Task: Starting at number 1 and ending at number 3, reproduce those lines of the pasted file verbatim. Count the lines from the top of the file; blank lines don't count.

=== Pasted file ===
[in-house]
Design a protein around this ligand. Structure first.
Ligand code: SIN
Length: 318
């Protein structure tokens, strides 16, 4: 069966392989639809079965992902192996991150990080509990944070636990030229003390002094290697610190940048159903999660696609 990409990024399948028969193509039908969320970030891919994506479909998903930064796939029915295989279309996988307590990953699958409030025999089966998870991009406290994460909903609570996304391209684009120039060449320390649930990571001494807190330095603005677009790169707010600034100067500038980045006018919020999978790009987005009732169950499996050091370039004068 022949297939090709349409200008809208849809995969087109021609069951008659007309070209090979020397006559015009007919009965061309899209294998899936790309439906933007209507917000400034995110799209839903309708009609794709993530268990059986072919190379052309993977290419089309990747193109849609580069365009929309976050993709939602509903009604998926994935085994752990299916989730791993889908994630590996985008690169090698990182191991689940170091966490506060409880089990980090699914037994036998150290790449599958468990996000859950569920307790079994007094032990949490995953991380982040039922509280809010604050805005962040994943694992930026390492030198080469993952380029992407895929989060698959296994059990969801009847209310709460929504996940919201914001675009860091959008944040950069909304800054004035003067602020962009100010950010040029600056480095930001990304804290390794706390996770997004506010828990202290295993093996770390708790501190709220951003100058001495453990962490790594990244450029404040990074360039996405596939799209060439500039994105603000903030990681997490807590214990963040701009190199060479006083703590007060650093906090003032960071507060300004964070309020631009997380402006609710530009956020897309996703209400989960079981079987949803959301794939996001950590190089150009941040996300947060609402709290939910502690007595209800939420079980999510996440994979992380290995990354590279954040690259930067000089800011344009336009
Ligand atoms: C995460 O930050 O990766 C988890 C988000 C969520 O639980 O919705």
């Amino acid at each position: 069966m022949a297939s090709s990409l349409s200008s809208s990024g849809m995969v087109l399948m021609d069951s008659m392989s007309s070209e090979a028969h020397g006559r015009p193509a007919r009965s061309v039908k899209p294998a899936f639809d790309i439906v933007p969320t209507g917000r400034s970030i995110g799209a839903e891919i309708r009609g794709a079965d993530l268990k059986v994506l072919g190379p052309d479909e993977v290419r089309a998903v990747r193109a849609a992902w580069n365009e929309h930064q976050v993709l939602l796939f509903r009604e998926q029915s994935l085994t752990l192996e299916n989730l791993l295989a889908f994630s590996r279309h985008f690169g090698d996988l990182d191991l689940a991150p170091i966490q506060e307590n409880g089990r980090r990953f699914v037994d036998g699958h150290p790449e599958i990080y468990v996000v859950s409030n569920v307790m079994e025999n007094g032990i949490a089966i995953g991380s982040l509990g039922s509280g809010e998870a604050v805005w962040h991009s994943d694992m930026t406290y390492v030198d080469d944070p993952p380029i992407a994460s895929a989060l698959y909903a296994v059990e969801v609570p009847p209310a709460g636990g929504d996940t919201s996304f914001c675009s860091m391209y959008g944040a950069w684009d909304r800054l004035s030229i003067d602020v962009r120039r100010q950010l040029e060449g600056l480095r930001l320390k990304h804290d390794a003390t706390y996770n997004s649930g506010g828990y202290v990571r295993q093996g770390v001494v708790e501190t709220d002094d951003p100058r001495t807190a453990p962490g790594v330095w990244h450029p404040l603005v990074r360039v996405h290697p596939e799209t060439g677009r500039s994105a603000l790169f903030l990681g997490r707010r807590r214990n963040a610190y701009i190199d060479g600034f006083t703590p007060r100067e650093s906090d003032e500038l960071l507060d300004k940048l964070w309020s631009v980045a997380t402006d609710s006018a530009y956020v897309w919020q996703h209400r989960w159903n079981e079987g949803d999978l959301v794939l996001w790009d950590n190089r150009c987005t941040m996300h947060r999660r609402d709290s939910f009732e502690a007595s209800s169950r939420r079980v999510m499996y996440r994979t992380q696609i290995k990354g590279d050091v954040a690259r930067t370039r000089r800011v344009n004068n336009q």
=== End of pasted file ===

[in-house]
Design a protein around this ligand. Structure first.
Ligand code: SIN